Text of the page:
You are here

£32,295 when new
Road test score

Find new & used cars

Car specifications

Brake horsepower
Fuel consumption
0–62 mph
Max speed

What’s this, then?

The new Civic Type R. £29,995 of hardcore 306bhp Japanese hatch, front wheel drive, six speed manual gearbox, proper mechanical LSD, gorgeous gear change, clamping seats, revs to the skies, you know the score.

Revs to the skies? Really?

OK, no, that’s where things fall a bit short. 7,000rpm is your limit in this new turbocharged motor, but it does make a real song and dance about getting there, dash lights blazing, second and third consumed in a blaze of force and urgency.

Gallery: a brief history of Honda Type Rs

As good as the old naturally aspirated VTECs?

We’ll come on to that. First let’s consider what Honda has done to turn the standard Civic into the Type R.

As you’d expect from a company with Honda’s reputation for engineering integrity, it’s a fairly comprehensive list that starts with the bodyshell itself. Rigidity has been increased by 18 per cent, not by adding extra steel, but by changing the bracket designs and using the adhesive more cleverly.

Richard Hammond drives the original Honda Civic Type R

It’s very rare to find a company prepared to go to such lengths to turn a regular hatch into a hot hatch - this really is starting at square one and rebuilding.

What about the suspension?

Remember a few years back when the fashionable term in hot hatchdom was ‘reduced kingpin offset’? I know, exciting times. Anyway, the Ford Focus RS, Astra VXR and Megane all had trick front suspension systems designed to reduce torque steer by minimising the camber change on the front wheels during cornering - necessary when trying to put the thick end of 300bhp through the front wheels.

Vauxhall called it HiPerStrut, Ford Revoknuckle and Renault PerfoHub. Well, now it’s Honda’s turn to shout about its new Dual Axis Strut Front Suspension. DASFS. Catchy. The main claim is appealing though: torque steer is claimed to be reduced by 55 per cent.

News: this is the new Honda NSX

The lower arms, damper forks and bushes have also been re-engineered, although at the back Honda has stuck with a torsion beam set-up. The promise is good - the new design for the Type-R is so stiff (up 177 per cent on the standard car) that there’s no need for a rear anti-roll bar.

Now can we talk about the engine?

We can. It’s an all-new 2.0-litre four cylinder direct injection VTEC Turbo. This is relatively standard fare, and mighty though the power outputs are (306 bhp at 6500rpm and 295lb ft at 2500rpm) they’re not outrageous these days. The Golf R is only 10bhp down.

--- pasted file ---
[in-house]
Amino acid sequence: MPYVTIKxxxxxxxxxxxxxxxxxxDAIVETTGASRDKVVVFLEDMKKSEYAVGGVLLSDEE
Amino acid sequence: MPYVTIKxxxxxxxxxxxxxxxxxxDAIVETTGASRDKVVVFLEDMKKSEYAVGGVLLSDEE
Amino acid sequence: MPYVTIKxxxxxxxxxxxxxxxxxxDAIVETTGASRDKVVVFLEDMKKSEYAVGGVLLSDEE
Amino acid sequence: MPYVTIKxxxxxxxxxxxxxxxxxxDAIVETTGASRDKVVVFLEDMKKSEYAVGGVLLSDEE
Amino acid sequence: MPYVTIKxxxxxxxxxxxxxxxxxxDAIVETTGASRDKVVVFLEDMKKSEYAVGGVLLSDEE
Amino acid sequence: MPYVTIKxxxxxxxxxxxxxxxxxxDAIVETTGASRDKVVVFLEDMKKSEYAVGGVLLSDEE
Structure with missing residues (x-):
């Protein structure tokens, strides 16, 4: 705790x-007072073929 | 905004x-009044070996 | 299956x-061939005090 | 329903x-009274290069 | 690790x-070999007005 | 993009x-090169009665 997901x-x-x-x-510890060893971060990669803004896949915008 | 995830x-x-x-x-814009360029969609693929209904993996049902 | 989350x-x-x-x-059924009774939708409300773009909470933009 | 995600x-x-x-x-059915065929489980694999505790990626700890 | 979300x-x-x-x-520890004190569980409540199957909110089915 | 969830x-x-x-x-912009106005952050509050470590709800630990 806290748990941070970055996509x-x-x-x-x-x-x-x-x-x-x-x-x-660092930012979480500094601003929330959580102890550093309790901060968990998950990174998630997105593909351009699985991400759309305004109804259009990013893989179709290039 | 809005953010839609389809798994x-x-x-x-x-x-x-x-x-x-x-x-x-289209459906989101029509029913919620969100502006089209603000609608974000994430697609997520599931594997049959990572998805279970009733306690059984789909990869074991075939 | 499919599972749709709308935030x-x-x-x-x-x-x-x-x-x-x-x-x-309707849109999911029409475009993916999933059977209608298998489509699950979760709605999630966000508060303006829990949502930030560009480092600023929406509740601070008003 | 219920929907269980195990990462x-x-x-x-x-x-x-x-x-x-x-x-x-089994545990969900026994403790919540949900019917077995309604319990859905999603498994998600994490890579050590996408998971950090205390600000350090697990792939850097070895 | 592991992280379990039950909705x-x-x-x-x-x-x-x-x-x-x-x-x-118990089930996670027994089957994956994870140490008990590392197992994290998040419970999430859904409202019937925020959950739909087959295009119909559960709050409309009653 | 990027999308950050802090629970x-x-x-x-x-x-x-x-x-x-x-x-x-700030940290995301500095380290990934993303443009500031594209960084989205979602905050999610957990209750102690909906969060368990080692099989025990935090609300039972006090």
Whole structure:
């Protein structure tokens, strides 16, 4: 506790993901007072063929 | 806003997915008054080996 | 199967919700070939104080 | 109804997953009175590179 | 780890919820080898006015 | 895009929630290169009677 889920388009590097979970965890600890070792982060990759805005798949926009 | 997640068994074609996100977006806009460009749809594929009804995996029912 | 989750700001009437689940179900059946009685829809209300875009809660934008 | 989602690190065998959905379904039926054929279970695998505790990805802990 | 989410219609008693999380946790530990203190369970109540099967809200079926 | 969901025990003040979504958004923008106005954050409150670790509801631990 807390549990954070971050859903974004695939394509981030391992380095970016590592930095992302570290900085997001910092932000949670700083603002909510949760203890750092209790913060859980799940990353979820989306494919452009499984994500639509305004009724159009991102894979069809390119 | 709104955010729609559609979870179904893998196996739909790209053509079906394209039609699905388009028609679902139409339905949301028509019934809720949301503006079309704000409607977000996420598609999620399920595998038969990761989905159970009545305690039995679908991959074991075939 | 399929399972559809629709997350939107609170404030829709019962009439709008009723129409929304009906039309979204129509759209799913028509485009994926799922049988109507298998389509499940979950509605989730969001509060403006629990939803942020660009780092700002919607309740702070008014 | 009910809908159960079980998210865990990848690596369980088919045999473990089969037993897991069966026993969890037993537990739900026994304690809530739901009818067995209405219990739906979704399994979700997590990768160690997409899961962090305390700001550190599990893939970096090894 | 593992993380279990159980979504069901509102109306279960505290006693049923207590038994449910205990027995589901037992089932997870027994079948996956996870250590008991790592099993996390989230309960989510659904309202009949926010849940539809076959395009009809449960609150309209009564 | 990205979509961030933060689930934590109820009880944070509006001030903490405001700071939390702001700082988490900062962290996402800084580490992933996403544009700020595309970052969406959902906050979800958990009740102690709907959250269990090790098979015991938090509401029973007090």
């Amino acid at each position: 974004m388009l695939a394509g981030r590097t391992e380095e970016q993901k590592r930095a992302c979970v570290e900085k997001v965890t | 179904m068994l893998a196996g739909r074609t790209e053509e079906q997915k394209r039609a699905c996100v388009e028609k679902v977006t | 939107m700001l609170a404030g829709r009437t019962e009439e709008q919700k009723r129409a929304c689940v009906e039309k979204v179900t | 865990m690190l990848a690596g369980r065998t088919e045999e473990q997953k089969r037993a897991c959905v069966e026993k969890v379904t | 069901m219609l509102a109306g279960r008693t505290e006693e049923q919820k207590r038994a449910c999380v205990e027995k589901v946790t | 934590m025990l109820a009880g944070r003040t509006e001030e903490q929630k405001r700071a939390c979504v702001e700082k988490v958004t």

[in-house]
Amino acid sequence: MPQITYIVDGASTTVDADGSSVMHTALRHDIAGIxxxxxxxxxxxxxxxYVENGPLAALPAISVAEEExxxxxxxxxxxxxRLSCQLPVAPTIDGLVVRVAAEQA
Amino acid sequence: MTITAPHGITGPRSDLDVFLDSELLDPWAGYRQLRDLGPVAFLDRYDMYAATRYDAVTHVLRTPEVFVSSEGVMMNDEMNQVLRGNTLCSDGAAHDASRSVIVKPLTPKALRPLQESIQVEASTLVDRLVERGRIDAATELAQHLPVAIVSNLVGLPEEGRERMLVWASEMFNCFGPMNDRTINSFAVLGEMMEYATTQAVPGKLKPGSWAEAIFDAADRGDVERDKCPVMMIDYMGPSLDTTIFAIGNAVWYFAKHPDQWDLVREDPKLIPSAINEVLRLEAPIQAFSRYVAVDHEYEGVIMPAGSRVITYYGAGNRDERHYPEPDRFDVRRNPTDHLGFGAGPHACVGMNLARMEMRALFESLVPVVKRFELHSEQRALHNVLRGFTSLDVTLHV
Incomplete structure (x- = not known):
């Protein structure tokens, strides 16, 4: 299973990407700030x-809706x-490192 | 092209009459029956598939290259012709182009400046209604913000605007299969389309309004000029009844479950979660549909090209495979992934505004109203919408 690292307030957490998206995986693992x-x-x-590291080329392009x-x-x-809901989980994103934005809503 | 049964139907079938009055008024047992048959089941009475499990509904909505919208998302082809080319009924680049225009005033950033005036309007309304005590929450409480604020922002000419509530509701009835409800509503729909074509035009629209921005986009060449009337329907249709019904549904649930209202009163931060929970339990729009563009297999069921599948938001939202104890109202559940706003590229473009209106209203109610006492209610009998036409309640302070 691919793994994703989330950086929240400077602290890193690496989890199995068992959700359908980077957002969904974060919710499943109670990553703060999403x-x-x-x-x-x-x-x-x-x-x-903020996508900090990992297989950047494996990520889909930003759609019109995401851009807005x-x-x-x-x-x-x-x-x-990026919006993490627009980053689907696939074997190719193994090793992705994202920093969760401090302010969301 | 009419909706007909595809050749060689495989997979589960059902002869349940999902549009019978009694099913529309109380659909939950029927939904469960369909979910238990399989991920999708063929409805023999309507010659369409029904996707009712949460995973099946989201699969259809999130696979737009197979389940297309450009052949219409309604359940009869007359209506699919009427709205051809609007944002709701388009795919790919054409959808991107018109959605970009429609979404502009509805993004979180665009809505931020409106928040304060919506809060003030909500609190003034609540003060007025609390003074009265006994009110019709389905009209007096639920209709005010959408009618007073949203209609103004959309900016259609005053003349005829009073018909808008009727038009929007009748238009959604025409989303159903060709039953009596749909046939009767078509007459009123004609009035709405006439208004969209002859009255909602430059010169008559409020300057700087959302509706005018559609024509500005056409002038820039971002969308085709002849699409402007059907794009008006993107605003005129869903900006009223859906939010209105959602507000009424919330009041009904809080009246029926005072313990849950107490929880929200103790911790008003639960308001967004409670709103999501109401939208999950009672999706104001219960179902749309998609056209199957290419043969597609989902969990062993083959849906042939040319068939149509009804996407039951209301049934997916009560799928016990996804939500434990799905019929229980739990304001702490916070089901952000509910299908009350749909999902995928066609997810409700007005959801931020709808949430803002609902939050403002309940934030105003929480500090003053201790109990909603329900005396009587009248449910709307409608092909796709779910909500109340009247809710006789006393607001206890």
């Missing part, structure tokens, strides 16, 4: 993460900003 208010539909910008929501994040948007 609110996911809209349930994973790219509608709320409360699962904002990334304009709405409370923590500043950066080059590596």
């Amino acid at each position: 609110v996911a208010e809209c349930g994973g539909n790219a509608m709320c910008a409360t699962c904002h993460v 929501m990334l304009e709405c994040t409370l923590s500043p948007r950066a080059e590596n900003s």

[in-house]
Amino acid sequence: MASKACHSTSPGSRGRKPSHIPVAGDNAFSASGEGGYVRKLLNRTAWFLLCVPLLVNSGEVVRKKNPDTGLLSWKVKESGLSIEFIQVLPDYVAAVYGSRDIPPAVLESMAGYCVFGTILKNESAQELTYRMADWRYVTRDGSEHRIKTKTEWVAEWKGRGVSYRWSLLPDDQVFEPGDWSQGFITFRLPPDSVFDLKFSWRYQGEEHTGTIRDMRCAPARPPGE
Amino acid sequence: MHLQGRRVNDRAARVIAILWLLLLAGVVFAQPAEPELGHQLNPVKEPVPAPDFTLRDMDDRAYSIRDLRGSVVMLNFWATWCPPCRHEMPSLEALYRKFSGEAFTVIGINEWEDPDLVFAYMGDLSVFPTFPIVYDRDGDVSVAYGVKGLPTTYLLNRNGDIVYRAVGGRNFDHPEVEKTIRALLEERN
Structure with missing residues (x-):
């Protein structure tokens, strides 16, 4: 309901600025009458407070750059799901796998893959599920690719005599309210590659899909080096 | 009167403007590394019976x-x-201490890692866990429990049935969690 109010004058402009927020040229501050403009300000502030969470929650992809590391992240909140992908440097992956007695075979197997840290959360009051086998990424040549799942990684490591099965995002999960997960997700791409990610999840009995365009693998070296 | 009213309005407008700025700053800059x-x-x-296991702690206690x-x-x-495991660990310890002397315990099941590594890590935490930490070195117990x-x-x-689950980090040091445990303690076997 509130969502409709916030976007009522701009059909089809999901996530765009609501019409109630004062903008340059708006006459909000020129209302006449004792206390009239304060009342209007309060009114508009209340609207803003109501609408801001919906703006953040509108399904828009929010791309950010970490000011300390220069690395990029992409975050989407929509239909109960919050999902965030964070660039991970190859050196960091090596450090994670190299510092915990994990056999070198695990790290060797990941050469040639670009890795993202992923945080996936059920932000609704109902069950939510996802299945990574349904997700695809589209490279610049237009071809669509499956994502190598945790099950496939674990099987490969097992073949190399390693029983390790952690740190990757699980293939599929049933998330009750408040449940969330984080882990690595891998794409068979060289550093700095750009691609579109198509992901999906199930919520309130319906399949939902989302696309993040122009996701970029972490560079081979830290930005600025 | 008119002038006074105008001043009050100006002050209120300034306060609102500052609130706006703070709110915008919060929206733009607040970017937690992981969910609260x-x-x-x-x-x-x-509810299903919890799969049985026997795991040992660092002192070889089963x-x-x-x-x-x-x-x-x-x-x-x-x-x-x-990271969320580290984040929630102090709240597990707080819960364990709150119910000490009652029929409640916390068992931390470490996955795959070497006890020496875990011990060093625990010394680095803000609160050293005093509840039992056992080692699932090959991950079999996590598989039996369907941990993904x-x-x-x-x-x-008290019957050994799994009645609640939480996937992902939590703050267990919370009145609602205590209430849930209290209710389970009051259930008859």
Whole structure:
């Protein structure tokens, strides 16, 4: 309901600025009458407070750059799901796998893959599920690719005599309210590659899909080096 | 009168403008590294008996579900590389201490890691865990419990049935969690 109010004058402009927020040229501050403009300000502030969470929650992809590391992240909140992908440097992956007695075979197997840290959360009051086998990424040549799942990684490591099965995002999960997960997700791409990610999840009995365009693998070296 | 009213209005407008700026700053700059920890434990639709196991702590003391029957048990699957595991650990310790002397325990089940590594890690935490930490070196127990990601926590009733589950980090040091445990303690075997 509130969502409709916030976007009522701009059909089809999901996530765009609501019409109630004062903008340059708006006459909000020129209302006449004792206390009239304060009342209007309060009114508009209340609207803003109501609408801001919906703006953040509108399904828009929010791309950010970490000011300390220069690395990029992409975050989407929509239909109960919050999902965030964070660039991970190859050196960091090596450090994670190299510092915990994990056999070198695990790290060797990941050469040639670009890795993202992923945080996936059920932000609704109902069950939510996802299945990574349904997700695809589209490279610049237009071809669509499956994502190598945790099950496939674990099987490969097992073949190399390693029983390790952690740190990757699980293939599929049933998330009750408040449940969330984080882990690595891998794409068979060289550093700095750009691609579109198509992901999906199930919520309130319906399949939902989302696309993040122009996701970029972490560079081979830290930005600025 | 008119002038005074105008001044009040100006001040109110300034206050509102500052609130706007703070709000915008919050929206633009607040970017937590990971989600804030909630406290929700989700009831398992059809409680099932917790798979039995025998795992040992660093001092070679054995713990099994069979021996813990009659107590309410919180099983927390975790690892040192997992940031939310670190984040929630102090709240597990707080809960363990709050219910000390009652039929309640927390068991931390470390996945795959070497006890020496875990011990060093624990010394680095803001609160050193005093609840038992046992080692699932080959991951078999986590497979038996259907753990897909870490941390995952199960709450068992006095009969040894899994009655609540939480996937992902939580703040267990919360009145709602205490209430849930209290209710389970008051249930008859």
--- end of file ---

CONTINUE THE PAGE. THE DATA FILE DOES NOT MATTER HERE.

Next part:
What is slightly unusual is that while most opt for variable vane turbo geometry to control boost across the rev range, Honda uses a monoscroll unit and depends on its VTEC valve control to manage things. It also electronically controls the wastegate.

Gallery: ten of the most powerful hot hatches

However, if you were expecting Honda’s engineering nous to have eradicated all lag, you’re in for a disappointment. At low engine speeds there’s quite a bit of it and it’s not until past 3,000rpm that it really hits its stride. It’s better at picking up quickly at high revs, and once away and blowing hard the Civic is massively fast. Massively.

Would I trade this flexibility and power against the noise and sharpness of the old car? Tough one. Yep, I probably would.

It weighs a claimed 1378kg, which gives it a power to weight ratio of 222bhp per tonne, ten per cent better than a Golf R. It consumes those tightly stacked lower gears, every gearchange in the new six speed manual a total delight. So precise, so tight, so slick.

If everybody had a manual gearbox like this there’d be no call for double clutch gearboxes.

Does it sound good?

The Civic Type R makes noise. Quite a bit of noise, and it goads you on, but it’s not tuneful, not nice to listen to. Instead you get the feeling that the car’s only intent is to get to the next gear as soon as possible, and that it views sounding good as superfluous small talk.

It’s a shame, because you get a bit of exhaust woofle on start-up, and on light throttle openings around town the turbo wastegate chatters audibly.

And how is it at doing normal stuff?

It’s not a Golf R. The Type R doesn’t have that calmness about it. But you know what? Apart from excessive tyre roar on coarse surfaces, it’s fine on motorways and the boot is huge. Back seats, too - although the seat bases don’t do the clever cinema flip-up thing on the Type-R.

There’s plenty of headroom, and the view out the back is surprisingly good, entirely unimpeded (unsurprisingly) by that lofty wing. We averaged 27.8mpg over the course of 450 mixed miles. And the ride is satisfying.


Well, I wouldn’t call it comfortable, but it’s tremendously well controlled and you get the feeling it’s underpinned by expensive dampers. The Civic is firm over speed bumps and potholes, but rounds off the edges really well. Considering the tyres are 235/35 ZR19s (Conti CSC6s, rubber fans), that’s a good effort. It never feels less than purposefully sporty, though. In fact the whole car is shot through with a motorsport vibe that starts with the cabin.

Good seats?

Fabulous. Really tall side bolsters, good side support. Best road car seats I’ve sat in for a while, actually. Same goes for all the touch points - lovely aluminium gearlever, shapely leather steering wheel, well judged pedal weights.

The trouble is the rest of the two-tier dash - as your view of the instruments is split by the rim, you’re very limited in where you can position the steering wheel. It’s a problem exacerbated by the fact that, although dropped by 30mm over the standard hatch, the seat is still mounted too high.

Enough to affect the driving experience?